Horseback riding promotes increased mobility, strength, coordination, balance, postural control, communication and cognition. The pelvis of a horse moves almost identically to the pelvis of a human. When walking, the human pelvis typically moves anterior to posterior (front to back), lateral (side-to-side) and rotation (circles). When a horse walks, their pelvis moves in the same three dimensions. A horse’s movement is rhythmic, repetitive and fluid. Their body heat and movement helps decrease spasticity in tight muscles. Riding on the back of a horse simulates human walking more accurately than any other therapy tool known to man. When a horse moves the rider must activate their muscles in order to stay upright and centered. Stronger core muscles lead to fine motor skills and speech production.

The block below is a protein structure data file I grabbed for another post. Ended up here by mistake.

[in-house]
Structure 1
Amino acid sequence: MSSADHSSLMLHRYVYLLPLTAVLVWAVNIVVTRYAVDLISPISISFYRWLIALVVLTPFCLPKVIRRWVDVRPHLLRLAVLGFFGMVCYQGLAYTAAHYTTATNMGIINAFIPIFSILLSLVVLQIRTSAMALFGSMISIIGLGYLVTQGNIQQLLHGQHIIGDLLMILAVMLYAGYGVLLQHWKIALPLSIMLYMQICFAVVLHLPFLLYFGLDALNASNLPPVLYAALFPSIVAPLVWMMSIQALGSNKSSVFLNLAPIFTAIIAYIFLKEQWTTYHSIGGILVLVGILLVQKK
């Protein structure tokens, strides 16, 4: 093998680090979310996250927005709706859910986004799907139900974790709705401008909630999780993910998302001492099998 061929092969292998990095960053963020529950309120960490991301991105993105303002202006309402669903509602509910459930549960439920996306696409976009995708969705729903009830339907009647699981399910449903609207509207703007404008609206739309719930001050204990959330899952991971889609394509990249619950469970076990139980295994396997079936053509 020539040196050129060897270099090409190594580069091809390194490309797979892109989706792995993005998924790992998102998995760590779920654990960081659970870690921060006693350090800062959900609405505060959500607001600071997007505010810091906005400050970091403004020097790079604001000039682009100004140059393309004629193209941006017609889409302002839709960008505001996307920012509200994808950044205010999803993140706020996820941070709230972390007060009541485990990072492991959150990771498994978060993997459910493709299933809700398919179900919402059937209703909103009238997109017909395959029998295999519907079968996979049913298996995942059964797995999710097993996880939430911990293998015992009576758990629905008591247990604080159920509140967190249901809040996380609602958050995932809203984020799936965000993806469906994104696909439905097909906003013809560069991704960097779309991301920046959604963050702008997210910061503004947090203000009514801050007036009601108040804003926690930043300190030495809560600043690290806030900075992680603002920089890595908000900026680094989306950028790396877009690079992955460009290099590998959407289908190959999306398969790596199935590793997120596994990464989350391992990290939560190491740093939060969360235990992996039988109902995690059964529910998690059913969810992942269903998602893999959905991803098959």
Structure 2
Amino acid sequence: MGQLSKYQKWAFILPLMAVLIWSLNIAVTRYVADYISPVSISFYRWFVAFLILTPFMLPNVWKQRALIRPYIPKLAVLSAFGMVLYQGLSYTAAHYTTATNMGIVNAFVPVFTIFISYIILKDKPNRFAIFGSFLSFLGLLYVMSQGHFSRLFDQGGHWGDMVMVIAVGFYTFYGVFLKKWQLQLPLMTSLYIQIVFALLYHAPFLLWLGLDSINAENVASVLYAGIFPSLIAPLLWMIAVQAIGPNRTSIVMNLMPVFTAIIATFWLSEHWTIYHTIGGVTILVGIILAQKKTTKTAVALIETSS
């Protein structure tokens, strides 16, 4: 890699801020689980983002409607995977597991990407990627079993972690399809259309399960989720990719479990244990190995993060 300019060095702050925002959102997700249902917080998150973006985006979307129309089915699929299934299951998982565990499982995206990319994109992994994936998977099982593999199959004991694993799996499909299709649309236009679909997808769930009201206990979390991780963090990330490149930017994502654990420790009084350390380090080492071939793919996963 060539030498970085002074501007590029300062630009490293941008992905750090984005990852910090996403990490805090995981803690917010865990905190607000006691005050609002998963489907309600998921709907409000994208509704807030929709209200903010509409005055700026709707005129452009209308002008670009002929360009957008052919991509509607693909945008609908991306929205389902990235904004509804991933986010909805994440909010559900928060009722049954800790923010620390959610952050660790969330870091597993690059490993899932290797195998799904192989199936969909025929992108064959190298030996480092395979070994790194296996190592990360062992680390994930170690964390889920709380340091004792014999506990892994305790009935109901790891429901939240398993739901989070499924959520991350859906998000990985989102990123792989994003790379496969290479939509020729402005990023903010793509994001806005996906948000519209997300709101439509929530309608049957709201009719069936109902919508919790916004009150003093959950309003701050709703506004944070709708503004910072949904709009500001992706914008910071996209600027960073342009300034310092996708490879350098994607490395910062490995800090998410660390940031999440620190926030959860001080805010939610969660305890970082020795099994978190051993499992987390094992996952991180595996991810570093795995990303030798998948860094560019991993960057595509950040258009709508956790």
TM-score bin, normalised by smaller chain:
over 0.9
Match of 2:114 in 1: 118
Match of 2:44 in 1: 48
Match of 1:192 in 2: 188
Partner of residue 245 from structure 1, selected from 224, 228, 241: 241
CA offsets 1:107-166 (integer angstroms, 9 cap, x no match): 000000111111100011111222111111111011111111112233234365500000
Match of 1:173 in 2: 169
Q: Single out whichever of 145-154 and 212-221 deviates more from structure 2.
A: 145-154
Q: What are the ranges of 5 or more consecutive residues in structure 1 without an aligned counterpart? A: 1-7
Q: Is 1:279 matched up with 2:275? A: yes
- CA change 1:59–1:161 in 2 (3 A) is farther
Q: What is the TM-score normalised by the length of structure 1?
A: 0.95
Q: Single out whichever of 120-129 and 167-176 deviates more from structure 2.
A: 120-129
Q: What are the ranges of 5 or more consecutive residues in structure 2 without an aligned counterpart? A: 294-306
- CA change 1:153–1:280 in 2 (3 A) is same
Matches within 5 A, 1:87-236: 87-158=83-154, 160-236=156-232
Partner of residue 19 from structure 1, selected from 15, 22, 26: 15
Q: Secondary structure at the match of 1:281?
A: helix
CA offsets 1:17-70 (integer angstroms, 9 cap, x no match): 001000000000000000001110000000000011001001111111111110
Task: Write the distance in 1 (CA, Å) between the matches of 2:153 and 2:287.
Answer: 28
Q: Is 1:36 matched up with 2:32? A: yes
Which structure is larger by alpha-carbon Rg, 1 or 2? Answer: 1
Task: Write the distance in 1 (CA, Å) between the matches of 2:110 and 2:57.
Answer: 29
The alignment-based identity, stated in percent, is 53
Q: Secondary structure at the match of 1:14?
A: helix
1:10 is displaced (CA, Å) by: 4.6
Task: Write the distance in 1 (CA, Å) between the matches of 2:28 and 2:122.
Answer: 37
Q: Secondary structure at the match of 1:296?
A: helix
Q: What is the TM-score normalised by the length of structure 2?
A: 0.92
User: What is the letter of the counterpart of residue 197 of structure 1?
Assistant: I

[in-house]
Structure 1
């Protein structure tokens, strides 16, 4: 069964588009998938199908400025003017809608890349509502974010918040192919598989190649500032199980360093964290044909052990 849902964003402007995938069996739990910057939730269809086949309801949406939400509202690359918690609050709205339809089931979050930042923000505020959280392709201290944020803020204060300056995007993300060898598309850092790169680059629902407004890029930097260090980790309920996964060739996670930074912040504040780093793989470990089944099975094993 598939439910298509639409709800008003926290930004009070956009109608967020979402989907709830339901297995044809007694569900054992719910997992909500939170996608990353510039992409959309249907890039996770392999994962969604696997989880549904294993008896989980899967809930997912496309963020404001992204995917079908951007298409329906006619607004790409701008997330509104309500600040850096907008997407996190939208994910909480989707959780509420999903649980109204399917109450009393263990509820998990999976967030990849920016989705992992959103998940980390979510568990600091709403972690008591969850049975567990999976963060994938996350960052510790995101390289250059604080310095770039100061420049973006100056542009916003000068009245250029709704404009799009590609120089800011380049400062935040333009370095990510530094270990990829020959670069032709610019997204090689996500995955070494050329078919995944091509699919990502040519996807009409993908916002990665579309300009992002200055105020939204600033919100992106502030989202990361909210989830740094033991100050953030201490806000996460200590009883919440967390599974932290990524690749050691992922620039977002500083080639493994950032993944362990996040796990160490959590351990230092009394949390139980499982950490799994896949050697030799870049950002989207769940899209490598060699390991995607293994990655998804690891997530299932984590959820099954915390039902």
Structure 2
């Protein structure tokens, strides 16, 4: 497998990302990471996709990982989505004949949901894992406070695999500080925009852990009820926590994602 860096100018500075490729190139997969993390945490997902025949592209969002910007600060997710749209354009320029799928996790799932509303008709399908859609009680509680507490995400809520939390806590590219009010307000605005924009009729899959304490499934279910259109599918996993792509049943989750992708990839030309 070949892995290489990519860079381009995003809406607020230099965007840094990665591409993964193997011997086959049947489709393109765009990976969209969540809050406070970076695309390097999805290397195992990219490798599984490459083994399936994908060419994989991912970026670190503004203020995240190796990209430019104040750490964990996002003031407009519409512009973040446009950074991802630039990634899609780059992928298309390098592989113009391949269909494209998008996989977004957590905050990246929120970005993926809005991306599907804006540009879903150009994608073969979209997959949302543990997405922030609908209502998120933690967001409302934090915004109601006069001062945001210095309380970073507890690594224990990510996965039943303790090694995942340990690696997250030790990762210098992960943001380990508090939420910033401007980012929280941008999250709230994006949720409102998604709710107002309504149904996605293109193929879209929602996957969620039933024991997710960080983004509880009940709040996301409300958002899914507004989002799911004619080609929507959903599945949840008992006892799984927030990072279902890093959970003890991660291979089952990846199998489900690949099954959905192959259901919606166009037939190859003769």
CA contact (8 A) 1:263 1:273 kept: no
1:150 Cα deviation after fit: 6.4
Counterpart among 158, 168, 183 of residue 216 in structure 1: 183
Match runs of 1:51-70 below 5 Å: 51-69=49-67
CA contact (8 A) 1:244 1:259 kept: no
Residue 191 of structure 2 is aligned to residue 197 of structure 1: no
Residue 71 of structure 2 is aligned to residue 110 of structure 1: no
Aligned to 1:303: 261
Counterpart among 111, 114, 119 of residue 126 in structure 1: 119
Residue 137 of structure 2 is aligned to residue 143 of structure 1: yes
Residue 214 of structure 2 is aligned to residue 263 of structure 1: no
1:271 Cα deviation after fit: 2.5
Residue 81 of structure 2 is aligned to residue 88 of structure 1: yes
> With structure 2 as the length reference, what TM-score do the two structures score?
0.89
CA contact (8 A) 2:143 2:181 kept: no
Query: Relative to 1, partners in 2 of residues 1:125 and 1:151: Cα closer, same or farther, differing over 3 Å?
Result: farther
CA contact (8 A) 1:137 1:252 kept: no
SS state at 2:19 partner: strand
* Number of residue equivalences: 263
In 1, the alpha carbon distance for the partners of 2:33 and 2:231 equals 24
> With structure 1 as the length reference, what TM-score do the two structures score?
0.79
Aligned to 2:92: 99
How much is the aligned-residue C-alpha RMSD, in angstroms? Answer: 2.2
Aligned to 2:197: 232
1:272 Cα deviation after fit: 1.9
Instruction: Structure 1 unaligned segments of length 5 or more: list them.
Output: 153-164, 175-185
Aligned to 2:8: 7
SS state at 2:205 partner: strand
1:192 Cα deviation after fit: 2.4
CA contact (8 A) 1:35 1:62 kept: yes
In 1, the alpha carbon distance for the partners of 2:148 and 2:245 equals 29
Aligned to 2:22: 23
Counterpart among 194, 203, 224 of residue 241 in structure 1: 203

For children and adults with sensory challenges, horseback riding can provide nearly every type of sensory input all at once. When the horse walks or trots, the rider gets vestibular input (movement sensation felt by fluid moving in the inner ears). Each time a hoof hits the ground, the rider feels proprioceptive input (sensation of body position felt by pressure to muscles and joints). Most horses walk about 60 steps per minute. That’s approximately 2,500 inputs per average therapy session! Riders feel tactile input (touch sensations to the skin) when petting the horse, touching their mane and from the equipment they are riding on. When the horse is in motion, visual input (sight) is received from the moving environment. Auditory input (sounds) include the rhythmical clippity-clop of hooves, a horse’s whinny and birds chirping in the distance.